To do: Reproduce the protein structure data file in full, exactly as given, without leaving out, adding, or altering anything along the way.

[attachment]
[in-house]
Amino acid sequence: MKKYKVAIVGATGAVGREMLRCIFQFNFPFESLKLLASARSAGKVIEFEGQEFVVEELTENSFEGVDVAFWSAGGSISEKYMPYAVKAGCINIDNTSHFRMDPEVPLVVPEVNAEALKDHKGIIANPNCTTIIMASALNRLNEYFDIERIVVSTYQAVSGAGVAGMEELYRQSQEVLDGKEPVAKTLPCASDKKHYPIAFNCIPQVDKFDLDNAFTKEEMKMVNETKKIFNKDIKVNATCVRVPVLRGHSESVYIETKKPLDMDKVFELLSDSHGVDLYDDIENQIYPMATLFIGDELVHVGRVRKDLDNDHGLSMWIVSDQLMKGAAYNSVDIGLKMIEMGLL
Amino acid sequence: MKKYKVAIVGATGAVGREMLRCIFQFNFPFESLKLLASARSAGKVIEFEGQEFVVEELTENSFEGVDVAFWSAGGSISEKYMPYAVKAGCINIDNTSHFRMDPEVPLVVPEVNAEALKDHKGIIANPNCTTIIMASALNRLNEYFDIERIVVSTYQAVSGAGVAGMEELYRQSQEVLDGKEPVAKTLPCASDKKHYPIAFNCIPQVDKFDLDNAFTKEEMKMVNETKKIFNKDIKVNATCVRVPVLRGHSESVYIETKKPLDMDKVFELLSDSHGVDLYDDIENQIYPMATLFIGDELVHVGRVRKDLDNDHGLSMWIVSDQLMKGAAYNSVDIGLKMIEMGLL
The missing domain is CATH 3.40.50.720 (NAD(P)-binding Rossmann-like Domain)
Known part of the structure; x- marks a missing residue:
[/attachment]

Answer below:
[in-house]
Amino acid sequence: MKKYKVAIVGATGAVGREMLRCIFQFNFPFESLKLLASARSAGKVIEFEGQEFVVEELTENSFEGVDVAFWSAGGSISEKYMPYAVKAGCINIDNTSHFRMDPEVPLVVPEVNAEALKDHKGIIANPNCTTIIMASALNRLNEYFDIERIVVSTYQAVSGAGVAGMEELYRQSQEVLDGKEPVAKTLPCASDKKHYPIAFNCIPQVDKFDLDNAFTKEEMKMVNETKKIFNKDIKVNATCVRVPVLRGHSESVYIETKKPLDMDKVFELLSDSHGVDLYDDIENQIYPMATLFIGDELVHVGRVRKDLDNDHGLSMWIVSDQLMKGAAYNSVDIGLKMIEMGLL
Amino acid sequence: MKKYKVAIVGATGAVGREMLRCIFQFNFPFESLKLLASARSAGKVIEFEGQEFVVEELTENSFEGVDVAFWSAGGSISEKYMPYAVKAGCINIDNTSHFRMDPEVPLVVPEVNAEALKDHKGIIANPNCTTIIMASALNRLNEYFDIERIVVSTYQAVSGAGVAGMEELYRQSQEVLDGKEPVAKTLPCASDKKHYPIAFNCIPQVDKFDLDNAFTKEEMKMVNETKKIFNKDIKVNATCVRVPVLRGHSESVYIETKKPLDMDKVFELLSDSHGVDLYDDIENQIYPMATLFIGDELVHVGRVRKDLDNDHGLSMWIVSDQLMKGAAYNSVDIGLKMIEMGLL
The missing domain is CATH 3.40.50.720 (NAD(P)-binding Rossmann-like Domain)
Known part of the structure; x- marks a missing residue: